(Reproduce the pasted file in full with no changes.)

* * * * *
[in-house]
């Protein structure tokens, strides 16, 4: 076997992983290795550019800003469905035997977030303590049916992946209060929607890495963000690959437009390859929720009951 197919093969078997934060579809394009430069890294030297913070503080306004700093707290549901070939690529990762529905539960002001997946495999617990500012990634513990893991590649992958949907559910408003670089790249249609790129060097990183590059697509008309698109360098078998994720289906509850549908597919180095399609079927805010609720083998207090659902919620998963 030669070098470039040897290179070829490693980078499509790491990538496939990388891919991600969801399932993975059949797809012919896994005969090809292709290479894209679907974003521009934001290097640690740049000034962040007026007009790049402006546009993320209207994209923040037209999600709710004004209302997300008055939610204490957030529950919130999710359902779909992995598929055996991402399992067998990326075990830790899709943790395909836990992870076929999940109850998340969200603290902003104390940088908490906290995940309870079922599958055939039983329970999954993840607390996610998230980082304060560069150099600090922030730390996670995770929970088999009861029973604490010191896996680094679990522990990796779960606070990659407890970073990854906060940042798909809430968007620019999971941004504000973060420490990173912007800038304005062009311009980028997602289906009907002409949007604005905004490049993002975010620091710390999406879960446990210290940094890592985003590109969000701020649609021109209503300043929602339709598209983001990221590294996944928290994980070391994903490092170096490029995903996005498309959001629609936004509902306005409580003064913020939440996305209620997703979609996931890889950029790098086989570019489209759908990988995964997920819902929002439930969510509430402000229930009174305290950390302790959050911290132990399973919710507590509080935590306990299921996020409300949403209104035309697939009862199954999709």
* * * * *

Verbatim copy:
[in-house]
């Protein structure tokens, strides 16, 4: 076997992983290795550019800003469905035997977030303590049916992946209060929607890495963000690959437009390859929720009951 197919093969078997934060579809394009430069890294030297913070503080306004700093707290549901070939690529990762529905539960002001997946495999617990500012990634513990893991590649992958949907559910408003670089790249249609790129060097990183590059697509008309698109360098078998994720289906509850549908597919180095399609079927805010609720083998207090659902919620998963 030669070098470039040897290179070829490693980078499509790491990538496939990388891919991600969801399932993975059949797809012919896994005969090809292709290479894209679907974003521009934001290097640690740049000034962040007026007009790049402006546009993320209207994209923040037209999600709710004004209302997300008055939610204490957030529950919130999710359902779909992995598929055996991402399992067998990326075990830790899709943790395909836990992870076929999940109850998340969200603290902003104390940088908490906290995940309870079922599958055939039983329970999954993840607390996610998230980082304060560069150099600090922030730390996670995770929970088999009861029973604490010191896996680094679990522990990796779960606070990659407890970073990854906060940042798909809430968007620019999971941004504000973060420490990173912007800038304005062009311009980028997602289906009907002409949007604005905004490049993002975010620091710390999406879960446990210290940094890592985003590109969000701020649609021109209503300043929602339709598209983001990221590294996944928290994980070391994903490092170096490029995903996005498309959001629609936004509902306005409580003064913020939440996305209620997703979609996931890889950029790098086989570019489209759908990988995964997920819902929002439930969510509430402000229930009174305290950390302790959050911290132990399973919710507590509080935590306990299921996020409300949403209104035309697939009862199954999709």